Governor Gavin Newsom Juvenile Justice: Healing Not Punishment

California Governor’s Opening Salvo: Scrapping Its Juvenile Justice System

Jeremy Loudenback

California Gov. Gavin Newsom (D) promised to “end the juvenile justice system as we know it” on Thursday as he unveiled his first budget.

On a day when he announced major investments in early childhood education, home visiting programs and higher education, Newsom said that big changes are coming to the state’s Division of Juvenile Justice.

According to Newsom’s budget proposal, the Division of Juvenile Justice (DJJ) would be moved from the California Department of Corrections and Rehabilitation (CDCR) to a new department under the Health and Human Services Agency.

“This change will enable the state to better provide youth offenders with the services they need to be successful when released,” the proposal reads.

DJJ Director Chuck Supple, who was sworn in in 2017 but has worked at DJJ for nearly 15 years, said that the potential reorganization would help the agency deliver on its rehabilitative mission.

“The governor’s proposal offers DJJ an opportunity to create a department from the ground up to deliver fully on our mission to help young people return safely to the community and become responsible and successful adults,” Supple wrote in an email to The Chronicle of Social Change.

Newsom did not provide further details on Thursday, but suggested that he would flesh out the idea soon.

“I want to make a separate announcement because I think it’s a big deal,” he said at a press conference.

CDCR currently oversees both the state’s adult prison system and a small population of juveniles incarcerated at three facilities, plus a fire camp. According to an analysis from the state’s Legislative Analyst’s Office last year, the DJJ held 578 serious youth offenders in three state detention facilities as of October 2018. That number has seen a steep decline over the past 20 years, dropping from a high of nearly 10,000 youth at end of the 1990s. Since the realignment of the state’s juvenile justice system in 2007, most youth are now housed in secure county-run juvenile halls, camps and ranches.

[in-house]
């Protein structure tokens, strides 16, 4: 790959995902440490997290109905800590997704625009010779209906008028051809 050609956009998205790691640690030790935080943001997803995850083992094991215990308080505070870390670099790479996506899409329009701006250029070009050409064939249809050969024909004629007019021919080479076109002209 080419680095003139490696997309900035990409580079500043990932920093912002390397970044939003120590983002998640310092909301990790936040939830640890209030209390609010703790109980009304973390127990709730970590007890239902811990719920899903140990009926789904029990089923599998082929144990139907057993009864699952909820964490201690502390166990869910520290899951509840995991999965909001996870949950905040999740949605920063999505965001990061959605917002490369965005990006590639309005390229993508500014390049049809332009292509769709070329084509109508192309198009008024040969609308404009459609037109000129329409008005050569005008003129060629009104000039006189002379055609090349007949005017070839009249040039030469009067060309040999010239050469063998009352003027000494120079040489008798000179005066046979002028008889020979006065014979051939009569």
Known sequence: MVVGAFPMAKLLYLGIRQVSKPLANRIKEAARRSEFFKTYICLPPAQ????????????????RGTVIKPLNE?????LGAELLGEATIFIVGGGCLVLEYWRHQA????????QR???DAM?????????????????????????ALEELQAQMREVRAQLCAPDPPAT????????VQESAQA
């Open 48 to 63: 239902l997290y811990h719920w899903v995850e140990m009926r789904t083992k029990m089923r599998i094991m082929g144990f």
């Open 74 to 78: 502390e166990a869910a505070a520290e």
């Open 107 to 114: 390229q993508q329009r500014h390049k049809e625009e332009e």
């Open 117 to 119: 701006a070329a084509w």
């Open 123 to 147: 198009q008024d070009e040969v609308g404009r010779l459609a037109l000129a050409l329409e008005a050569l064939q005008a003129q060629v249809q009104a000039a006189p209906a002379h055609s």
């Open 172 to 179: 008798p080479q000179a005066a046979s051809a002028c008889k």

The state’s Department of Finance estimated that spending per youth at DJJ facilities now costs more than $300,000 a year. The DJJ has been plagued by poor recidivism outcomes—three quarters of youth who exited from a DJJ facility in 2012 were rearrested within three years, according to the most recent evaluation—as well as concerns from advocates about violence at facilities and young people’s access to mental health resources.

If the state transfers responsibility for DJJ to the California Health and Human Services Agency, it would join a growing majority of states that house the oversight of juvenile justice systems within health departments as opposed to correctional agencies. Twenty states place control of juvenile justice in the hands of a health or child welfare agency, 18 have an independent juvenile justice agency for juvenile justice, and 11 states, including California, see youth served by corrections agencies.

Several California legislators were quick to endorse the move.

State Sen. Nancy Skinner (D), who chairs the Senate Public Safety Committee and the subcommittee that oversees all of the state’s expenditures related to criminal justice, welcomed the reorganization of DJJ.